Smith is professor of biological sciences. He came to UD in 1975 and has since chaired most of the departmental committees at some point. He has served on the College and University senates in many capacities and was elected vice president of the College Senate and past president of the University Senate.
Smith has guided numerous faculty in teaching and research mentorship and instituted a model for undergraduate student advisement that has become recognized across campus as a model for the University.
"His service to the University has increased the educational experience of students, strengthened the faculty's role in the University and helped educate the citizens of the Delaware Valley," wrote his department chair Randall Duncan.
Smith will retire from the University this year.
Move this whole section up, swapping places with the section above it.
Alumni Achievement Awards were presented by (from left) George Watson to Carol Nigro, Michele Hackley Johnson, Steve Linberg and William Oberlander.
At the event Watson also recognized four alumni whose "excellence in the arts and sciences help strengthen the college's mission, vision and reach."
Honored with the college's 2013 Alumni Achievement Awards were:
Michele Hackley Johnson, a 1975 graduate, who serves as director of interventional neuroradiology and associate professor of diagnostic radiology, surgical otolaryngology and neurosurgery at Yale University.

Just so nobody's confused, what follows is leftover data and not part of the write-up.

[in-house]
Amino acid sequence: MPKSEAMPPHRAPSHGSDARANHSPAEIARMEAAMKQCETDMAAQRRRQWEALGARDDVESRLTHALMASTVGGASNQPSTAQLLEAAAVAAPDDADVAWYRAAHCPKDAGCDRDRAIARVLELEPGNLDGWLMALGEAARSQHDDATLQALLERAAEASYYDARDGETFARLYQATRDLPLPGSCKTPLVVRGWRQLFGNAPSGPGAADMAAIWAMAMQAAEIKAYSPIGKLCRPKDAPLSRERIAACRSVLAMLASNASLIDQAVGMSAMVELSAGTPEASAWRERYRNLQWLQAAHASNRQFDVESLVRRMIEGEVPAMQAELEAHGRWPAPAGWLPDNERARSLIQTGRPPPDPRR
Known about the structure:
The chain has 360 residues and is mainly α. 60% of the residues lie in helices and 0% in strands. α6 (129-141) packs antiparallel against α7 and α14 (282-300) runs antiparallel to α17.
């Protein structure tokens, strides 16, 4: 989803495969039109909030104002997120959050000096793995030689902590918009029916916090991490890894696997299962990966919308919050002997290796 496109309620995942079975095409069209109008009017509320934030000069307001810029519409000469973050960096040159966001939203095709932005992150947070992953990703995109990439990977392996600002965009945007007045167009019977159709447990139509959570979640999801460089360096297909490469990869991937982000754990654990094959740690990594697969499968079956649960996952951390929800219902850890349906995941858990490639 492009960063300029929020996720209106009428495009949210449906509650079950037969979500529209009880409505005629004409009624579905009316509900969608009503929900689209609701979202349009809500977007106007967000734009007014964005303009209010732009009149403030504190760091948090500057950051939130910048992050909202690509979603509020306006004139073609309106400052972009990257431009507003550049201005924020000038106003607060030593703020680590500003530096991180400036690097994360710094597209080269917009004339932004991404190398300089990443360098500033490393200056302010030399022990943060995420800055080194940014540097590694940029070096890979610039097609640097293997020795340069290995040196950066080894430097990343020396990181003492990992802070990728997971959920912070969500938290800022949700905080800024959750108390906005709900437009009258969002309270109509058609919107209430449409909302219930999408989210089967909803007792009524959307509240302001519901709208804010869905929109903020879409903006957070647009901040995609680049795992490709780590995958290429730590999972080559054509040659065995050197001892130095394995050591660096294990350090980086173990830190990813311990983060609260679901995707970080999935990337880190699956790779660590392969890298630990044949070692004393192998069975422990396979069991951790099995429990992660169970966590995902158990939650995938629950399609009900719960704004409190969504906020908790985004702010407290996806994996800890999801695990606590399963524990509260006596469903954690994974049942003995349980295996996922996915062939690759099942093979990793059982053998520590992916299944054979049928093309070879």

Steve Linberg, a 1973 graduate, who has worked for more than 30 years in academic clinical research and drug and biologics development, with particular experience in directing overall drug development programs and individual clinical trial design.
Carol Nigro, who received a master's degree in 1997 and a doctorate in 2009, and who collaborated with UD faculty, alumni, and supporters to form the Friends of Art History, a fundraising and advocacy group that promotes the study of the visual arts at UD.
William Oberlander, a 1981 graduate, who serves as managing director for marketing, communication and events for the Robin Hood Foundation, the largest, most aggressive poverty-fighting organization in New York City.